The sporting landscape has changed enormously in recent years. Government and community expectations for good governance, integrity, equality, member protection and child safeguarding means that providing safe, fair and inclusive sporting environments is no longer an aspiration, but an imperative.
The demographic of the communities in which sport operates has also changed dramatically: 25% of Australia’s population is born overseas, almost 50% have one parent born in other countries, 260 languages are spoken, one in five has a disability and over 50% are women and girls. Our culturally, linguistically and gender diverse communities are looking for sporting options that celebrate diversity, promote inclusion, and most importantly, make people feel like they belong.
Inclusion is pro-active behaviours, options and actions to make people from all backgrounds, ages and abilities feel welcome, respected and that they belong at your club. Being inclusive is about following best practice for what sport should be so that everyone can get the most out of it.
Diversity is the mix of peoples’ different attributes and backgrounds (i.e. race, ethnicity, gender, age, disability, sexual orientation, religion). A good way to think about diversity is to think about your local community. Does your club reflect the diversity of your local community? Diversity is the mix of people, inclusion is trying to get this mix to all work together in harmony.
Everyone should have the opportunity to be actively involved in whatever sport they choose, in whatever capacity they choose. Each sporting organisation should be committed to being inclusive and open to all members of the Australian community regardless of age, gender, disability, cultural or religious background or sexual orientation, or other attributes that may lead to any person feeling excluded or isolated.
But the reality is, a tale of missed opportunities still exists. Sports and clubs all over the country are missing out on entire groups of potential members, players, administrators and volunteers. More importantly, people who want to play sport feel, for a variety of reasons and barriers, excluded and don’t become involved. See some of the following barriers that exist:
Culturally and linguistically diverse populations
A love of sport can be found in people of different races, backgrounds and cultures. Yet this shared interest can raise a number of complex issues that involve balancing a person’s cultural traditions with their compliance with social norms and club rules and procedures.
Although people like to think of sport as being fair and open to all, sometimes individuals or groups are excluded or prevented from participating equally. If the unfair treatment is based on gender, then it could be sex discrimination.
Aboriginal and Torres Strait Islander peoples
Sport can provide a vital pathway to improving the social and economic wellbeing of Indigenous people and their communities, however many Indigenous sportspeople have had to overcome racial prejudices, stereotypes, biases and a lack of cultural awareness in order to excel at their chosen sport.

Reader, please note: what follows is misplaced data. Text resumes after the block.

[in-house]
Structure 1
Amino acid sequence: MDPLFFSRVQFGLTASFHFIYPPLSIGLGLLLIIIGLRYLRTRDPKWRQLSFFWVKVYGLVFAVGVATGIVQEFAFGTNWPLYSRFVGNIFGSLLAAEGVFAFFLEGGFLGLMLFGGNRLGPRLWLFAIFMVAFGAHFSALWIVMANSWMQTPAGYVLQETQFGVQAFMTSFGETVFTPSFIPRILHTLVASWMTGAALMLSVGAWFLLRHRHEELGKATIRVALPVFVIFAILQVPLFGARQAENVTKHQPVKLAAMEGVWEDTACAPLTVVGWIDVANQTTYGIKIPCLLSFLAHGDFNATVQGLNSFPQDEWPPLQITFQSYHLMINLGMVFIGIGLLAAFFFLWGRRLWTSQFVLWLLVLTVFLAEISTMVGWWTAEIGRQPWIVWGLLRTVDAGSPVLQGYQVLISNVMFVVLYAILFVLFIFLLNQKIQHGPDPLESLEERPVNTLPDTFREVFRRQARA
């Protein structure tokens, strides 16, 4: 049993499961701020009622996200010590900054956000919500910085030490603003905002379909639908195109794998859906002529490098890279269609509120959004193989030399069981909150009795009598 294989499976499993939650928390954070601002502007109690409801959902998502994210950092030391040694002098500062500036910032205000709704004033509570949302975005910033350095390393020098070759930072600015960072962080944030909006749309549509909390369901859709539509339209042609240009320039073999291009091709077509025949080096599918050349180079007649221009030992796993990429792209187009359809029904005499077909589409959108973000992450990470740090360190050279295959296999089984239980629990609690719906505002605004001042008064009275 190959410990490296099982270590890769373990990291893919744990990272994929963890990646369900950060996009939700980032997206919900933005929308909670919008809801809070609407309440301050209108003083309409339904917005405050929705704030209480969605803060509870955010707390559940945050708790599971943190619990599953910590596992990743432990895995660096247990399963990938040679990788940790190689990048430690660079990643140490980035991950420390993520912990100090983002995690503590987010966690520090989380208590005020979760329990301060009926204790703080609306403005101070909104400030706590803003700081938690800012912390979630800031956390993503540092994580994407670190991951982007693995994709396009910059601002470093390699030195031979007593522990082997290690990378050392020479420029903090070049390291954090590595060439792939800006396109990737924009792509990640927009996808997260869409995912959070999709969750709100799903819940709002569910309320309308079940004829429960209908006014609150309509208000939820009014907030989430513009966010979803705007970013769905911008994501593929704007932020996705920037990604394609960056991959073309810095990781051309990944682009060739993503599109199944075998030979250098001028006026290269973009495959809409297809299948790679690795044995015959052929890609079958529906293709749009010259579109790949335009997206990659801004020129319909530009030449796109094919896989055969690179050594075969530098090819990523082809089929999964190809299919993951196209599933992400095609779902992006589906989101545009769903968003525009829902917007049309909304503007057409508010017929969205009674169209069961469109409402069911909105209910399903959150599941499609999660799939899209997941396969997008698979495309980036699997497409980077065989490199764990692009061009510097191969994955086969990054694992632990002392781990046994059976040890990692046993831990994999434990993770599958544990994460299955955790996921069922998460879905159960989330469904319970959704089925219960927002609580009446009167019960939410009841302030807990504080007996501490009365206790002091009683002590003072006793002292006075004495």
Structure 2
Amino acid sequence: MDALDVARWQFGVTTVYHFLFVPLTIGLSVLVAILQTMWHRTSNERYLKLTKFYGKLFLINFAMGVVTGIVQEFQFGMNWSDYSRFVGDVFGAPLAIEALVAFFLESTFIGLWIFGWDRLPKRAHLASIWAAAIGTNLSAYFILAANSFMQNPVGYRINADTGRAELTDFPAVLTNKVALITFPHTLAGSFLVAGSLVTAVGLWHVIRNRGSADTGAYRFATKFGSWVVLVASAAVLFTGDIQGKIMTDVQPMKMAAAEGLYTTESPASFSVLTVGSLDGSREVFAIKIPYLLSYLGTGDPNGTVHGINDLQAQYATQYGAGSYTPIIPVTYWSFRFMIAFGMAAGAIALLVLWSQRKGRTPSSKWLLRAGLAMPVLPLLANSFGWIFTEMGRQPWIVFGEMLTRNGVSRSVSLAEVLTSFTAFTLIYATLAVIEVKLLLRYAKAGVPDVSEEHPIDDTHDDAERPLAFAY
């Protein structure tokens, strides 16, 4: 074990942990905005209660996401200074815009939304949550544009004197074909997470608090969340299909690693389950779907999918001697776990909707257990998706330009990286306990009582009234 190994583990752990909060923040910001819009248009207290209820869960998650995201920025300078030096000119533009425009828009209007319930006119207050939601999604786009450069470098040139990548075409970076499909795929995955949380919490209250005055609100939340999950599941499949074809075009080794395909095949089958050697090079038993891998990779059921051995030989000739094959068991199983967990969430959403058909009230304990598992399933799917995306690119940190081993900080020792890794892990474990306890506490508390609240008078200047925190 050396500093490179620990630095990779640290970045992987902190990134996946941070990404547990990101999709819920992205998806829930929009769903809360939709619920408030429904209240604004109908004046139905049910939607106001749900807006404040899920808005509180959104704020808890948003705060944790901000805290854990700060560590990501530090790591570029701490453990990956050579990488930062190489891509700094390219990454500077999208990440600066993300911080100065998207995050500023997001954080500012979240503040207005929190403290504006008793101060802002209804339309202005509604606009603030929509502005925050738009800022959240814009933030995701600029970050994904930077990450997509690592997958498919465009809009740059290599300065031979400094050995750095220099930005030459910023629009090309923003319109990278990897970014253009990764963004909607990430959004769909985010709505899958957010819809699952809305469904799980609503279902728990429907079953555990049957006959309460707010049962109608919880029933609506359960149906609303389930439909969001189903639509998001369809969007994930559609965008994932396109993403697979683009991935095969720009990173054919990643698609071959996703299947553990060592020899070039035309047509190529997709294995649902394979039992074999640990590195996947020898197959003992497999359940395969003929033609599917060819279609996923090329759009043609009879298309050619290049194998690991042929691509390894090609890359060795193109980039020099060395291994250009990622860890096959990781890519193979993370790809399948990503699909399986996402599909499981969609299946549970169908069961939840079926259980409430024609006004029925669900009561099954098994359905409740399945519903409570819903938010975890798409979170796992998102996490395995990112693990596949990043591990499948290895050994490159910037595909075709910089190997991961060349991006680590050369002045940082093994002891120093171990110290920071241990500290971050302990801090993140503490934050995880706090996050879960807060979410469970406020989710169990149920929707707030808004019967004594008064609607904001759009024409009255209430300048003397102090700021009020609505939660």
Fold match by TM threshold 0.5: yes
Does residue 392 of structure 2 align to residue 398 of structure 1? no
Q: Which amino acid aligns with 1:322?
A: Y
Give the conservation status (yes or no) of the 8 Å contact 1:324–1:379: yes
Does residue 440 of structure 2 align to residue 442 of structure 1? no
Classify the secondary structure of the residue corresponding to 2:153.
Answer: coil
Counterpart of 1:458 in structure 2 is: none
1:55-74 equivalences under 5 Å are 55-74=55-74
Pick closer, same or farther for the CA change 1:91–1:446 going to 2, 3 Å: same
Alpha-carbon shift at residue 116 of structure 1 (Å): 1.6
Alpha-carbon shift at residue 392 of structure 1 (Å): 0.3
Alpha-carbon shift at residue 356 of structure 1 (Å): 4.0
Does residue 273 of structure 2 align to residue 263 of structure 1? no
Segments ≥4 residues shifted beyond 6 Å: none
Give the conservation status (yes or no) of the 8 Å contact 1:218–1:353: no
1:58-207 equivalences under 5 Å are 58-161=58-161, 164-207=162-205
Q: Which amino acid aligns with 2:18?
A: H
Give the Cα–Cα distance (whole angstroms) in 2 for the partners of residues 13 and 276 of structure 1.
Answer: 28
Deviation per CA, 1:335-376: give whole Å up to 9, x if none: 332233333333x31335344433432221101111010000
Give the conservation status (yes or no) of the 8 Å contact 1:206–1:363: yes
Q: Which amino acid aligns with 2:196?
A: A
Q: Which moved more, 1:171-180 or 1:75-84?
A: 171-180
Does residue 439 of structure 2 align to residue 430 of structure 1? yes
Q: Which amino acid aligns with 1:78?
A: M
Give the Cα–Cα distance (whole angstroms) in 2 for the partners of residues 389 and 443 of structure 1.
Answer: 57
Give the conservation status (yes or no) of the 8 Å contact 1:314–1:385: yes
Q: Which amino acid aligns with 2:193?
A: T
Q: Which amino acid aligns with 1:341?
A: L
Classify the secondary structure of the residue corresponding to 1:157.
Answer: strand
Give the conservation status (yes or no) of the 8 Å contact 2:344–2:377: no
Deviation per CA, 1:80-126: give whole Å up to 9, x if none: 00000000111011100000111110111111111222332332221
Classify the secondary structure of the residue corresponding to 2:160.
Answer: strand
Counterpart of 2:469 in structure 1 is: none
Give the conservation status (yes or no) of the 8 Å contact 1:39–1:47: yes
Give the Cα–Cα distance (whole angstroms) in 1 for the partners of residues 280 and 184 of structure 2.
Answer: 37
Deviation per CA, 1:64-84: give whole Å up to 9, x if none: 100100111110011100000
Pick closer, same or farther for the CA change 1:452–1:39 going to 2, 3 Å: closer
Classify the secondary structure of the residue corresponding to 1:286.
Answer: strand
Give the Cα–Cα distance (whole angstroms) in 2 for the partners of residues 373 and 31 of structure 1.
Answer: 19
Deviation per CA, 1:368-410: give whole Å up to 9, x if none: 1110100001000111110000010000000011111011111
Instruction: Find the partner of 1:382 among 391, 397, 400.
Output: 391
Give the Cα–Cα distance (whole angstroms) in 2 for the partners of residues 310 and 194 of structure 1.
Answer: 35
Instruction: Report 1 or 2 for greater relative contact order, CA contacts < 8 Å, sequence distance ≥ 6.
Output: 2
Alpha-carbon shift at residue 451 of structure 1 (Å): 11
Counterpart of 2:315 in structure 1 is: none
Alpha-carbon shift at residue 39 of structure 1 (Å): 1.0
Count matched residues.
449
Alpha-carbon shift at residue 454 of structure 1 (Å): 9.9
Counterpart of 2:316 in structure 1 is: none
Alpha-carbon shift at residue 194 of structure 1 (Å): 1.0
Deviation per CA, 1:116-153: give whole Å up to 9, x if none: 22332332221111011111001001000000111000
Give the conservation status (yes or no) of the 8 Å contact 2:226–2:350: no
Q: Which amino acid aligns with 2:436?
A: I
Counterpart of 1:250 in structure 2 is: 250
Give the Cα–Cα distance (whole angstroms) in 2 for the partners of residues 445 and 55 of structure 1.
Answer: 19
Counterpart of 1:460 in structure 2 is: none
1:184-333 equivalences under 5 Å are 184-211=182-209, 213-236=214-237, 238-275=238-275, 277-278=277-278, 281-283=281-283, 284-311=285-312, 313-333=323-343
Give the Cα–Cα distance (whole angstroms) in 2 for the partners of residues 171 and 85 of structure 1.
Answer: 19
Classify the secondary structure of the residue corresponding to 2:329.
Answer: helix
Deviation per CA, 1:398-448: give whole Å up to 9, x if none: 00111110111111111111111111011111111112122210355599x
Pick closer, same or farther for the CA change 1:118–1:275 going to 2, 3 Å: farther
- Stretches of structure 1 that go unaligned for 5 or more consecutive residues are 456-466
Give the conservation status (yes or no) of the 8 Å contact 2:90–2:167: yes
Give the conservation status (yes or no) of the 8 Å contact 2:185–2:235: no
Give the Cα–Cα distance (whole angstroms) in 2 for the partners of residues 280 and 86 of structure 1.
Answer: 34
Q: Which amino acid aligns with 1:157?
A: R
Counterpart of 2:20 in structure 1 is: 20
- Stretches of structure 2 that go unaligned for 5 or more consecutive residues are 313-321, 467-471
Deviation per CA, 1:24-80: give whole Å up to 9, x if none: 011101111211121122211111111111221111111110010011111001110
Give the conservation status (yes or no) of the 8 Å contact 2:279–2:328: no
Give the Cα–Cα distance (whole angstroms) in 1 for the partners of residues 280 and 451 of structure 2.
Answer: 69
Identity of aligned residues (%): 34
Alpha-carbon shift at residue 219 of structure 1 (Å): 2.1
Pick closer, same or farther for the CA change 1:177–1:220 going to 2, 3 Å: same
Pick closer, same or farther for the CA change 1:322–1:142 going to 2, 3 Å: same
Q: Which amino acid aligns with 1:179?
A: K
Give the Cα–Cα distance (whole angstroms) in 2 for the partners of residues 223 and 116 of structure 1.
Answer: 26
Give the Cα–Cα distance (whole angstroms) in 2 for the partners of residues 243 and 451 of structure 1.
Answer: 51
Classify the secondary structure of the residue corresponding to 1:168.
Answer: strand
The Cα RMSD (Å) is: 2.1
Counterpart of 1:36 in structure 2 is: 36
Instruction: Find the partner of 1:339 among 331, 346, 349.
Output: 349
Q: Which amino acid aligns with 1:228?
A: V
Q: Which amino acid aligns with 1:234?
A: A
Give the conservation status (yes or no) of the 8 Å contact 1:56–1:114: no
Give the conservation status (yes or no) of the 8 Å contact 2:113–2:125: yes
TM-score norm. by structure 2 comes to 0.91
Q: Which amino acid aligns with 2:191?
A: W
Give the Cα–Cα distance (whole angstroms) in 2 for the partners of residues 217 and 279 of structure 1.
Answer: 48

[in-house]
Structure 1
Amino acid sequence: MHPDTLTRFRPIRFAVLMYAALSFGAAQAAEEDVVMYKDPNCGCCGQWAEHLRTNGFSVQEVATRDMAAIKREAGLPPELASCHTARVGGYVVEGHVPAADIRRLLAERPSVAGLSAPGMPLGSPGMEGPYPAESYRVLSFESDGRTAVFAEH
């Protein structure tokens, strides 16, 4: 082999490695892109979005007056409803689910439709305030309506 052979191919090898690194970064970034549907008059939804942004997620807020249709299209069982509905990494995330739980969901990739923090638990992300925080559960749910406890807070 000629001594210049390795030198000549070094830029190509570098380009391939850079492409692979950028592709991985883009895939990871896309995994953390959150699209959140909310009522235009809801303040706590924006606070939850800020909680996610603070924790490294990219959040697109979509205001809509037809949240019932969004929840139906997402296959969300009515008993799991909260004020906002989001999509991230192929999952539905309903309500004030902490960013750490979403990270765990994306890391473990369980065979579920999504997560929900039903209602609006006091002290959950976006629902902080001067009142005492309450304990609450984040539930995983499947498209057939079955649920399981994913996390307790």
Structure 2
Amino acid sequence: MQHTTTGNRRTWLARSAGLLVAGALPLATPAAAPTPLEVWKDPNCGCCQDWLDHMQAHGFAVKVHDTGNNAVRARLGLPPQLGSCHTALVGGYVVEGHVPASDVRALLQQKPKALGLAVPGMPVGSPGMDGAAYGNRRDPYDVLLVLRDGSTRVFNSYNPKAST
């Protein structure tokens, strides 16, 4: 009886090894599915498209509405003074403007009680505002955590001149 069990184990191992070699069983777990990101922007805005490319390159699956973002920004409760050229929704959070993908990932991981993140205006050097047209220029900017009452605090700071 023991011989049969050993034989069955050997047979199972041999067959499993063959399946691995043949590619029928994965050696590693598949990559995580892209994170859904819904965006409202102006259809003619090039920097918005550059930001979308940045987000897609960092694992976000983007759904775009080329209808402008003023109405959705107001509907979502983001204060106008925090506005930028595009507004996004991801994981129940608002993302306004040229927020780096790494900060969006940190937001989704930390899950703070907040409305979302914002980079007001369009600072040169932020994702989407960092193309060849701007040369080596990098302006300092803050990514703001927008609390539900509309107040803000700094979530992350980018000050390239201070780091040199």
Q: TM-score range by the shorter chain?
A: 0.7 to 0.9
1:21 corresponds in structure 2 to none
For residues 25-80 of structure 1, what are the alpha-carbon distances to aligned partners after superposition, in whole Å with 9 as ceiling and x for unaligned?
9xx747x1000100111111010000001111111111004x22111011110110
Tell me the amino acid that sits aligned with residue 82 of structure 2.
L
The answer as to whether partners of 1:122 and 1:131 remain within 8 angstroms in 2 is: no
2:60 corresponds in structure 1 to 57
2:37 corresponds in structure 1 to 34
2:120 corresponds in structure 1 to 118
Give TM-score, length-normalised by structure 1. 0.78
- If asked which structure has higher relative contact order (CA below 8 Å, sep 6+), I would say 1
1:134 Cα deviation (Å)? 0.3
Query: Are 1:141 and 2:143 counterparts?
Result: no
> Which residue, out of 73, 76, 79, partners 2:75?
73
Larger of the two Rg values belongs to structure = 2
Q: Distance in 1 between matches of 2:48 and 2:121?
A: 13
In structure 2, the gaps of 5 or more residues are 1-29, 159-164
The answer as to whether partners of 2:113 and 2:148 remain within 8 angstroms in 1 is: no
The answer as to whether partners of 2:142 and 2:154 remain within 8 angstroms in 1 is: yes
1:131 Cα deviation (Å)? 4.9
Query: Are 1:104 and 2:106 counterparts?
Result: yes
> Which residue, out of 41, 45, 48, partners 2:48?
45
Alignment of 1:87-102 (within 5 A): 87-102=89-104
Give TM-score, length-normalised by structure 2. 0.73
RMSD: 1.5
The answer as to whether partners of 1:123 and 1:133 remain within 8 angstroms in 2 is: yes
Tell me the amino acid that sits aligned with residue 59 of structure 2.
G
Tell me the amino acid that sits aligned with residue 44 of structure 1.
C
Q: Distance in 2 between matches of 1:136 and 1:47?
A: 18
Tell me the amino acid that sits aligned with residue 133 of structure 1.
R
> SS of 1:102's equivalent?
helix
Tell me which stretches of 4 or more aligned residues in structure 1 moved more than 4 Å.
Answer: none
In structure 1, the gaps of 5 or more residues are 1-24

Homophobia and sexuality
Unfair treatment based on someone’s sexuality – or assumptions about their sexuality – is unfair discrimination and has no place in any sport and recreation environment. The good news is there are plenty of actions you can take to ensure that homophobia and sexuality discrimination does not exist at your club or association.
People with disability
Participation rates for people with disability are significantly lower than the general population. While attitudes and practices are changing there is still work to do. There are many practical ideas, tools and strategies you can use to ensure people with disability have every opportunity to participate in activities of their choice.
Race based inclusion
Racism can have a profound impact on people’s involvement in sport. It can affect motivation, enjoyment and levels of participation and, if unchecked, may result in inappropriate, potentially dangerous and violent behaviour. Racial harassment, discrimination and vilification have no place in Australian sport.
The issue of religious vilification is on many sports’ radars with a growing number producing codes to stamp out racial and religious vilification. Yet it is only one aspect that needs to be addressed in improving the sporting environment for players with different religious belief.
Policies and codes ensure that everyone in sport is aware of their legal and ethical rights and responsibilities, and provide the procedures to eliminate discrimination, harassment, child protection issues and other forms of inappropriate behaviour. These policies are backed up by federal and state/territory anti-discrimination laws that make discrimination and harassment unlawful in relation to a person’s gender, sexuality, disability, race, colour, national and ethnic origin, descent, ethnic or ethno-religious background in all areas of life, including sport. If you would like more information around legal and ethical rights and responsibilities you can download a copy of our Quick Reference Guide that will point you in the right direction.
Positioning your organisation as a champion of inclusion will:
For details on what you and your club can do to promote diversity and inclusion in your club and learn more about 7 Pillars of Inclusion click here.